Arms Control and Nonproliferation: A Catalog of Treaties and Agreements [Updated January 3, 2008] [open pdf - 331KB]
"Arms control and nonproliferation efforts are two of the tools that have occasionally been used to implement U.S. national security strategy. Although some believe these tools do little to restrain the behavior of U.S. adversaries, while doing too much to restrain U.S. military forces and operations, many other analysts see them as an effective means to promote transparency, ease military planning, limit forces, and protect against uncertainty and surprise. Arms control and nonproliferation efforts have produced formal treaties and agreements, informal arrangements, and cooperative threat reduction and monitoring mechanisms. The pace of implementation slowed, however, in the 1990s, and during the past six years, the Bush Administration has usually preferred unilateral or ad hoc measures to formal treaties and agreements to address U.S. security concerns. […]The United States is also a leader of an international regime that attempts to limit the spread of nuclear weapons. This regime, although suffering from some setbacks in recent years in Iran and North Korea, includes formal treaties, export control coordination and enforcement, U.N. resolutions, and organizational controls. The Nuclear Nonproliferation Treaty (NPT) serves as the cornerstone of this regime, with all but four nations participating in it. The International Atomic Energy Agency not only monitors nuclear programs to make sure they remain peaceful, but also helps nations develop and advance those programs. Other measures, such as sanctions, interdiction efforts, and informal cooperative endeavors, also seek to slow or stop the spread of nuclear materials and weapons."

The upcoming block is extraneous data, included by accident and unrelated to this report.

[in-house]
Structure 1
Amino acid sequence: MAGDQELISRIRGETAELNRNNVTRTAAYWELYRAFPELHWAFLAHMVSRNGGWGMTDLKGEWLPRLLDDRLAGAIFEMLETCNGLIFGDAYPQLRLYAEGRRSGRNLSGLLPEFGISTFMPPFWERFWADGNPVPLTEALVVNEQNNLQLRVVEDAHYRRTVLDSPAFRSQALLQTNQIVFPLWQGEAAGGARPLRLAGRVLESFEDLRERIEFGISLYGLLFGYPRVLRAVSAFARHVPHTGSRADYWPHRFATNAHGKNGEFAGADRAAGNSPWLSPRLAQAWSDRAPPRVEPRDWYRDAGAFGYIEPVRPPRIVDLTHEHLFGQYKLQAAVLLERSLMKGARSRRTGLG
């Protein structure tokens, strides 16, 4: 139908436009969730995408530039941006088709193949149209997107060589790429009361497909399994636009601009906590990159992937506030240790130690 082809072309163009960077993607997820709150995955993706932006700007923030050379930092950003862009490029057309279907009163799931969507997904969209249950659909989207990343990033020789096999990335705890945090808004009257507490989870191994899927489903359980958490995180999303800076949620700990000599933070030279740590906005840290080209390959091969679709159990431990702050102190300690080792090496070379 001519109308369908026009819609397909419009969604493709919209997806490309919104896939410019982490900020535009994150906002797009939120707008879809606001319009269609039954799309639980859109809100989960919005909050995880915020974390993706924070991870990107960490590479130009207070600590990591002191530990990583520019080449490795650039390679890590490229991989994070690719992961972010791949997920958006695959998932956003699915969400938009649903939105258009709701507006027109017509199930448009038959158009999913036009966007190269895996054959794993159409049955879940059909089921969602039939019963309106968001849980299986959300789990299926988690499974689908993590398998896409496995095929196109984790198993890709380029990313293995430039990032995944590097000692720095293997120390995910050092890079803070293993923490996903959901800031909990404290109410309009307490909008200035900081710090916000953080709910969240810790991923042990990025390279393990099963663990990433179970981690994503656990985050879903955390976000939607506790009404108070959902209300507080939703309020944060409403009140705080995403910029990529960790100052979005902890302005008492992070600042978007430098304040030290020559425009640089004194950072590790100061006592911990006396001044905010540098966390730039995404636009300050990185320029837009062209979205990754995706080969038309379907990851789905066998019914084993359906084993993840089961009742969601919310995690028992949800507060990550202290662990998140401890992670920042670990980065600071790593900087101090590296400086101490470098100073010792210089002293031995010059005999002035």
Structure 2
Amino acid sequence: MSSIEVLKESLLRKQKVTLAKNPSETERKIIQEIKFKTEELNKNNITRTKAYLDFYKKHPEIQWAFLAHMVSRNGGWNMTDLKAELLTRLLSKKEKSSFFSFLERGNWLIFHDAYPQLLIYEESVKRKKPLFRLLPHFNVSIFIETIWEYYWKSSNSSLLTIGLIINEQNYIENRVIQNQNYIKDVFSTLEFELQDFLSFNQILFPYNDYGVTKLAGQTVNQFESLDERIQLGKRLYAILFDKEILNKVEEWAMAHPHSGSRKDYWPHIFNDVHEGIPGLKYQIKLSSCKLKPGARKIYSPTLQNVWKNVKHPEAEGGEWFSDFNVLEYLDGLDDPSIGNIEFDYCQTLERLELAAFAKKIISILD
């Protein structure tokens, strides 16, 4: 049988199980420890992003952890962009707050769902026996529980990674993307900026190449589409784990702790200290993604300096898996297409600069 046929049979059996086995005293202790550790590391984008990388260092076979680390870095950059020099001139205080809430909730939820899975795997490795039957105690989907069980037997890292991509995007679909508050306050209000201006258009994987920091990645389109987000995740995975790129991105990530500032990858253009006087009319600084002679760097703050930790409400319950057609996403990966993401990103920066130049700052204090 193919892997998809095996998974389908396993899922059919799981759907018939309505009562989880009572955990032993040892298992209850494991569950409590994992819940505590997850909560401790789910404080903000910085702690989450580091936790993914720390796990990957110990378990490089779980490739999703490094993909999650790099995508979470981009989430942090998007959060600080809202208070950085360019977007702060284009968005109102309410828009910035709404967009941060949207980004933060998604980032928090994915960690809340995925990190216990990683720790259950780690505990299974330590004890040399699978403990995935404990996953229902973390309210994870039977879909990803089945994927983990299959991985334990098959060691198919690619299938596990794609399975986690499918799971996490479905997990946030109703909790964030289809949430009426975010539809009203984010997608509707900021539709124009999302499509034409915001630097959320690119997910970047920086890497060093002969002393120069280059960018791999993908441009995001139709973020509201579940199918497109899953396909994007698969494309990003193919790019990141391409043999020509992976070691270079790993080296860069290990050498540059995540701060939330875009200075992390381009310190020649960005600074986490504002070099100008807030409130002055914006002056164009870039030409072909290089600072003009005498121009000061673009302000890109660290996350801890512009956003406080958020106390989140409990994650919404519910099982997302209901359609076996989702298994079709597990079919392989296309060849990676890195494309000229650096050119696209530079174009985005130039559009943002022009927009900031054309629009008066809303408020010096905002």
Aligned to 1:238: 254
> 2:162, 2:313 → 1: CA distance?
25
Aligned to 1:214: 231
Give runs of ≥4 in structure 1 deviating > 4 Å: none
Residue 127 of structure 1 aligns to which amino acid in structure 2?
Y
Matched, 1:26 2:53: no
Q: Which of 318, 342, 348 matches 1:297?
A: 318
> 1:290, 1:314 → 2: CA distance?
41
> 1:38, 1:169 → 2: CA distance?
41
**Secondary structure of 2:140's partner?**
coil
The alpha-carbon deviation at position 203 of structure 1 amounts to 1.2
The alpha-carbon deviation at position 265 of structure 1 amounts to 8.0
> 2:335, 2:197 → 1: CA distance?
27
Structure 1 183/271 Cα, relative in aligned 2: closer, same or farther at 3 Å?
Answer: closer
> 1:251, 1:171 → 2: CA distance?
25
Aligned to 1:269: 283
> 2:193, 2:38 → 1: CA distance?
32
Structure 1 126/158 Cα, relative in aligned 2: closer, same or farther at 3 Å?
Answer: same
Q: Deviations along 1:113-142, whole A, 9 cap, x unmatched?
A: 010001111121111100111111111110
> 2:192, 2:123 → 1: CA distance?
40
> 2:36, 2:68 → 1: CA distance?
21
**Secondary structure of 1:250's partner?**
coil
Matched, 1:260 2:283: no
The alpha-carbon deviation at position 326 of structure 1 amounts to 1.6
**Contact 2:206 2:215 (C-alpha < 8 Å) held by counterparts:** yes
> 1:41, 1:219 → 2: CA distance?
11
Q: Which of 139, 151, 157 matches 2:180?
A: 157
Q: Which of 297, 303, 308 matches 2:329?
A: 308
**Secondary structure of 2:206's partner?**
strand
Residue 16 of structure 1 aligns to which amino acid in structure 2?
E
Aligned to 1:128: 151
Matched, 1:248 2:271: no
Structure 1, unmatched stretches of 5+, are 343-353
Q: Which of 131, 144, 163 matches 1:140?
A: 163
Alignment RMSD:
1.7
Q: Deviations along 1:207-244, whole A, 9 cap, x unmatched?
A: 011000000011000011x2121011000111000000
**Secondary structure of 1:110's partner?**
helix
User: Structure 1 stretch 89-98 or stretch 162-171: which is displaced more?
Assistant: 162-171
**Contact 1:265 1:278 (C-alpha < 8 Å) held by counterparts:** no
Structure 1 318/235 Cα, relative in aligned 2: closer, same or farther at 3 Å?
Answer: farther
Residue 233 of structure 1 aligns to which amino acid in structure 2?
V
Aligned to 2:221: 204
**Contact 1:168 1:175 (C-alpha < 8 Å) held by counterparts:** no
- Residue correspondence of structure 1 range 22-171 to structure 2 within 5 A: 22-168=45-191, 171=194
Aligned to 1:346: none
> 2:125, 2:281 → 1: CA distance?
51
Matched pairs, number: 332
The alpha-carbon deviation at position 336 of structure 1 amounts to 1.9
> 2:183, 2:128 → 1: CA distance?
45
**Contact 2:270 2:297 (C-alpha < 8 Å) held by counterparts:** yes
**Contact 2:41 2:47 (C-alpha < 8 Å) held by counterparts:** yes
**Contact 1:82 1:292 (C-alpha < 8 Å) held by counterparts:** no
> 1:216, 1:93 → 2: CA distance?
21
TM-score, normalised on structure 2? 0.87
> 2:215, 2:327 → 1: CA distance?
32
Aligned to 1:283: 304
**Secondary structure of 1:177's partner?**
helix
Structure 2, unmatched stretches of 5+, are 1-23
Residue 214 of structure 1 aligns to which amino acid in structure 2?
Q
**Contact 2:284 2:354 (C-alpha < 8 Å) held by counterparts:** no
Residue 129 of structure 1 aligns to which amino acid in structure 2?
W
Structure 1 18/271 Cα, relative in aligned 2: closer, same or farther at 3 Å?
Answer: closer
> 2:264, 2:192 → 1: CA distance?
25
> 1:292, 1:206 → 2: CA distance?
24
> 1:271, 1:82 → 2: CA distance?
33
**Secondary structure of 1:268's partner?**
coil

CRS Report for Congress, RL33865